The Mediterranean diet is known for preventing noncommunicable diseases and promoting good health. It consists of eating mainly fruits, vegetables, nuts, whole grains, olive oil, fish and seafood, poultry, cheese and small amounts of red meats and refined sugars. When trying out a Mediterranean diet for the first time, remember to always eat in moderation and allow for adjustments to your personal needs and preferences.
Fish is the go-to protein in a Mediterranean diet. Specifically, fish rich in omega-3 as such salmon and tuna. Even less fatty ones such as cod or tilapia are good as they are still high in protein. Make it point to eat at least 2 servings of fish per week and to utilize healthier cooking methods such as baking, grilling and steaming instead of deep frying. Limit red meat intake such as beef and lamb to once a week.
When incorporating fats into your diet, consider using extra-virgin olive oil instead of the usual vegetable, sunflower oil or butter. Extra-virgin olive oil is rich in mono-saturated fatty acids which improve the ‘good’ HDL cholesterol. Incorporate olive oil in your homemade salad dressings and drizzle it on meat dishes for a flavor boost!
Cut out simple, refined carbohydrates and switch them to complex whole grains like wholemeal bread and brown rice. If it’s too difficult to bid farewell to your old refined favorites, try the half- and – half option for starters. Try quinoa which only takes about 20 minutes to cook. Even popcorn is whole grain as long as you eat the air- popped type instead of the sweetened version. And try starting your day with a warm bowl of oatmeal topped with natural peanut butter for additional protein and your favorite fruits. Its guaranteed to keep you going until lunch.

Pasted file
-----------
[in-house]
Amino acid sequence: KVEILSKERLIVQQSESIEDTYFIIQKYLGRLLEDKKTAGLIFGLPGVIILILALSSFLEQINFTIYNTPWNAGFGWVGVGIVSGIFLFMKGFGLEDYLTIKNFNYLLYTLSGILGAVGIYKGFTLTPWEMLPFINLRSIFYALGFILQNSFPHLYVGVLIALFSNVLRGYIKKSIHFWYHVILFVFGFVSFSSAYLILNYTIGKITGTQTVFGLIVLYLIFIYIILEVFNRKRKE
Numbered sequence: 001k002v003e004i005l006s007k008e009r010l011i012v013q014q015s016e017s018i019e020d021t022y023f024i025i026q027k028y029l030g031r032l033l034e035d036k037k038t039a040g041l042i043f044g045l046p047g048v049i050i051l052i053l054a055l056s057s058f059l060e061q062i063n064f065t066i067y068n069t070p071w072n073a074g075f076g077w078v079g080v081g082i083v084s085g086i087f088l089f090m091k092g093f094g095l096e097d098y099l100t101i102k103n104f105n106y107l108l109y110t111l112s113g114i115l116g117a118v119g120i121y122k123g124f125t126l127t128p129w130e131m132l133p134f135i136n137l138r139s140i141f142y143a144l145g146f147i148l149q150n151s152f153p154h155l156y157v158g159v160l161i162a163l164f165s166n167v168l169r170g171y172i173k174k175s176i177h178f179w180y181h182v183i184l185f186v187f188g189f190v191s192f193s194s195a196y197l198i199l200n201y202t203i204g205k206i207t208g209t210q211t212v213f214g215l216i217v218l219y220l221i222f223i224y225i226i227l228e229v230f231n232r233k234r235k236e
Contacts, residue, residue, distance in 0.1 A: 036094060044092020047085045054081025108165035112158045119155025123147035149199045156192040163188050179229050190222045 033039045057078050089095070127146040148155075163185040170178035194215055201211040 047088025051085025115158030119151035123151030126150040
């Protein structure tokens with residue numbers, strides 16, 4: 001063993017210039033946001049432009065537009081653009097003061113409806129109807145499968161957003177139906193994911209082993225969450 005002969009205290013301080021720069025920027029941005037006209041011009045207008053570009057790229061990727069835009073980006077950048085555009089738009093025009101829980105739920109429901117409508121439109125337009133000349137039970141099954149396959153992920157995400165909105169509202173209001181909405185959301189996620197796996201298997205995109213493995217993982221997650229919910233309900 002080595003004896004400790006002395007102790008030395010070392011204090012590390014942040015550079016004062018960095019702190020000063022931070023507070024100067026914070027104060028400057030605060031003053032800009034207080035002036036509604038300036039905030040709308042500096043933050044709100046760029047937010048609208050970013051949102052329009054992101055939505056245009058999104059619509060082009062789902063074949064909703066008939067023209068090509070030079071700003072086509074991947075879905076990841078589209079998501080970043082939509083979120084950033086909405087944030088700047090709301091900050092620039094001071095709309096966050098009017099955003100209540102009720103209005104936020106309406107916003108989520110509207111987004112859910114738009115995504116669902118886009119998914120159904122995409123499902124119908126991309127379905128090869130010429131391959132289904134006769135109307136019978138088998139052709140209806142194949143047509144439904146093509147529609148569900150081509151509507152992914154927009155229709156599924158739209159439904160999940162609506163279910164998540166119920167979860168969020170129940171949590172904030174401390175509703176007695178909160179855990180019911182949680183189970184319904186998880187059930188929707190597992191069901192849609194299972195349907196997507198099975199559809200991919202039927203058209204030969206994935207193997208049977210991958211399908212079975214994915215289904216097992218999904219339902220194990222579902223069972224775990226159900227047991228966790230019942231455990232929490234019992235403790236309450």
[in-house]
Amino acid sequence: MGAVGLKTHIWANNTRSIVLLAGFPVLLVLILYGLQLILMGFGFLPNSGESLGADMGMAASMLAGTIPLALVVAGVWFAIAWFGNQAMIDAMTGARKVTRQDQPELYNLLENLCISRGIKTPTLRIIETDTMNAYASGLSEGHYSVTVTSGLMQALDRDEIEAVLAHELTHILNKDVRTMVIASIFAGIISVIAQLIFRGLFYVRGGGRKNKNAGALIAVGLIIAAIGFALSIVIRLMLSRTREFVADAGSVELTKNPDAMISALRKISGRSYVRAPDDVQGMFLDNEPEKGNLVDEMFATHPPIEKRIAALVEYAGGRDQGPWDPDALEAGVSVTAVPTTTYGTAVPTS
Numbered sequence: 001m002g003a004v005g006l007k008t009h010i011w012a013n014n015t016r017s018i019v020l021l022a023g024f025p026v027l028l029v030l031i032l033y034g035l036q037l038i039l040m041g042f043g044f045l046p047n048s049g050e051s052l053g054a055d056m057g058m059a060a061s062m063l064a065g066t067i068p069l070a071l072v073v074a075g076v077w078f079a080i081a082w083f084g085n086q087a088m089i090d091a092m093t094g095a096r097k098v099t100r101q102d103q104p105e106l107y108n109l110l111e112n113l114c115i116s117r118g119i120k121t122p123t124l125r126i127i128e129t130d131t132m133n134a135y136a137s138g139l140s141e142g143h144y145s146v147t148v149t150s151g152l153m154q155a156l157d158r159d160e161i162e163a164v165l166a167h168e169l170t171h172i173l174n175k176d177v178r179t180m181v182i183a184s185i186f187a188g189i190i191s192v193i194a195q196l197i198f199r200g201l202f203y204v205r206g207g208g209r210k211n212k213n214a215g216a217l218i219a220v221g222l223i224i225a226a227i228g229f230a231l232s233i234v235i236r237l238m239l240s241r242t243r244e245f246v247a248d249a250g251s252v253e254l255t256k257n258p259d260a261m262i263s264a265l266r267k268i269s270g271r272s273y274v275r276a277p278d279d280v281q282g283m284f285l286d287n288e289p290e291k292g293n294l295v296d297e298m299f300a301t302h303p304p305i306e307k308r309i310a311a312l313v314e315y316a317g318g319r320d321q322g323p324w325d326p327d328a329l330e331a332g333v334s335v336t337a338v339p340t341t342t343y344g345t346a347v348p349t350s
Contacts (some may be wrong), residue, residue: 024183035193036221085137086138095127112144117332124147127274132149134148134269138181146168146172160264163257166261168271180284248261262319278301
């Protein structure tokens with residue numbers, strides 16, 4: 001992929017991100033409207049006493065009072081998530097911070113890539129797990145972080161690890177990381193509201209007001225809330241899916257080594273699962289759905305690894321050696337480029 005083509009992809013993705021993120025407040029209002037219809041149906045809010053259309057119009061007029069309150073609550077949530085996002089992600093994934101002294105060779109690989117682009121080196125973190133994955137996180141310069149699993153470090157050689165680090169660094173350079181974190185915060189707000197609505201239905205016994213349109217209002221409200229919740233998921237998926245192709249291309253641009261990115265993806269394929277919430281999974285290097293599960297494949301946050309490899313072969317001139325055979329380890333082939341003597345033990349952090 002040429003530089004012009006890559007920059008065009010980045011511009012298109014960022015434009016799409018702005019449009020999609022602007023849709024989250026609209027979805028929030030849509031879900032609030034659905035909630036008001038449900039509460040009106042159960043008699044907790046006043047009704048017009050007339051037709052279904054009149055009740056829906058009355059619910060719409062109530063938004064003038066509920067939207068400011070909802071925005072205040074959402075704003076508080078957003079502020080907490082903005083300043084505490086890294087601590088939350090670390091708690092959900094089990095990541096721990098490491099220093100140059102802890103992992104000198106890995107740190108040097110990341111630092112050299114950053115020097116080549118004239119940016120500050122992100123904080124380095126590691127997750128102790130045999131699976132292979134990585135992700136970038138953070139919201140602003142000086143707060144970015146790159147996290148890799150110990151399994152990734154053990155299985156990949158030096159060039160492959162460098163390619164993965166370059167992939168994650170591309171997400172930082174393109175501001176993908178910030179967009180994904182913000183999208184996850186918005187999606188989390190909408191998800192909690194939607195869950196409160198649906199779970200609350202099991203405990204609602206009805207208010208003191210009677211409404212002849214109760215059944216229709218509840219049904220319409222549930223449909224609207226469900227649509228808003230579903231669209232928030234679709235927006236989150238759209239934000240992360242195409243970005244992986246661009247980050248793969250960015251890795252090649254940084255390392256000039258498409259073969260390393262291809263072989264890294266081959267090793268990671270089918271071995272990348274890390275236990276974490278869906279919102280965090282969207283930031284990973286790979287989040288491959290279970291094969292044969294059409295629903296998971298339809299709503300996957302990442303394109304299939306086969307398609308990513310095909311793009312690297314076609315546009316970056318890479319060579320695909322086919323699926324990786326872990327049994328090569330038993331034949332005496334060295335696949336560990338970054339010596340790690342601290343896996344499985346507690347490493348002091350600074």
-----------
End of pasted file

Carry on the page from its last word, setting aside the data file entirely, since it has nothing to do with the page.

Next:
Nuts are another staple in the Mediterranean diet. Quell midday hunger pangs by grabbing a handful of nuts instead of that candy bar cookie. Be adventurous and make your own trail mix with a variety of almonds, cashews, walnuts and dried coconut flakes. Or, spread your favorite nut butter on an apple slice for a healthy snack. Nuts contain more fiber, vitamins, and minerals plus less sugar and sodium than junk food.
If you’ve not been eating your greens, it’s time to start. Apart from ensuring you eat one portion of vegetables during your main meals, add them to your snacks. Throwing spinach into your smoothies or crunching on roasted bell pepper strips are some tasty examples.
Sip (conservatively) on wine
People from the Mediterranean region are known not to shy away from wine but that does not mean finishing the entire bottle in one go. Dieticians advise women to limit their daily intake to 100ml and to 150ml for men. Pair your wine with food and never on an empty stomach.
Joshua Michael is with a bachelor’s degree in Biological Sciences and a Masters in Sports and Exercise Science, Joshua is well equipped to curate scientifically-backed fitness regimes to enhance the overall fitness of Cognifyx’s users. As a sports physiologist in the Rangers Football Club in Glasgow and National Youth Sports Institute, Joshua is apt in applying physiological theories and methods to prepare elite athletes for competition. Joshua is also an ACE certified personal trainer who enjoys the occasional pint.
Sofi F et al, Rosanna Abbate, Gian Franco Gensini, Alessandro Casini; Accruing evidence on benefits of adherence to the Mediterranean diet on health: an updated systematic review and meta-analysis, The American Journal of Clinical Nutrition, Volume 92, Issue 5, 1 November 2010, Pages 1189–1196, https://doi.org/10.3945/ajcn.2010.29673